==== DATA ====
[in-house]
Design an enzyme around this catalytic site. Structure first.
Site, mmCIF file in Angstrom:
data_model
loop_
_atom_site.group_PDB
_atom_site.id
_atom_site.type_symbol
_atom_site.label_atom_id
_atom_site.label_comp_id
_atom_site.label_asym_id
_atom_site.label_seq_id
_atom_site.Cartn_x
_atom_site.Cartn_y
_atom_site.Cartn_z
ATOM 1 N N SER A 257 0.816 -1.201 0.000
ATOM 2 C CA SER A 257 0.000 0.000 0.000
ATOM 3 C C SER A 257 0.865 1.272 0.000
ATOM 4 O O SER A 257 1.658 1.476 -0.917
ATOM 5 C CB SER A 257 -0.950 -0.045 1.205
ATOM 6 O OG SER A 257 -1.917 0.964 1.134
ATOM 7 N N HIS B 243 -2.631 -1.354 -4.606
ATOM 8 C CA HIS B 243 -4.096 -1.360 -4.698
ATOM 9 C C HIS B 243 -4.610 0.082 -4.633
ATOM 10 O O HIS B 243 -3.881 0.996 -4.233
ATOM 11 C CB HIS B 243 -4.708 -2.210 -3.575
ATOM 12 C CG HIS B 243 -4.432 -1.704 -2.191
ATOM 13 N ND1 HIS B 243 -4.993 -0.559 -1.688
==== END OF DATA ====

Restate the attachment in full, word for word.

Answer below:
[in-house]
Design an enzyme around this catalytic site. Structure first.
Site, mmCIF file in Angstrom:
data_model
loop_
_atom_site.group_PDB
_atom_site.id
_atom_site.type_symbol
_atom_site.label_atom_id
_atom_site.label_comp_id
_atom_site.label_asym_id
_atom_site.label_seq_id
_atom_site.Cartn_x
_atom_site.Cartn_y
_atom_site.Cartn_z
ATOM 1 N N SER A 257 0.816 -1.201 0.000
ATOM 2 C CA SER A 257 0.000 0.000 0.000
ATOM 3 C C SER A 257 0.865 1.272 0.000
ATOM 4 O O SER A 257 1.658 1.476 -0.917
ATOM 5 C CB SER A 257 -0.950 -0.045 1.205
ATOM 6 O OG SER A 257 -1.917 0.964 1.134
ATOM 7 N N HIS B 243 -2.631 -1.354 -4.606
ATOM 8 C CA HIS B 243 -4.096 -1.360 -4.698
ATOM 9 C C HIS B 243 -4.610 0.082 -4.633
ATOM 10 O O HIS B 243 -3.881 0.996 -4.233
ATOM 11 C CB HIS B 243 -4.708 -2.210 -3.575
ATOM 12 C CG HIS B 243 -4.432 -1.704 -2.191
ATOM 13 N ND1 HIS B 243 -4.993 -0.559 -1.688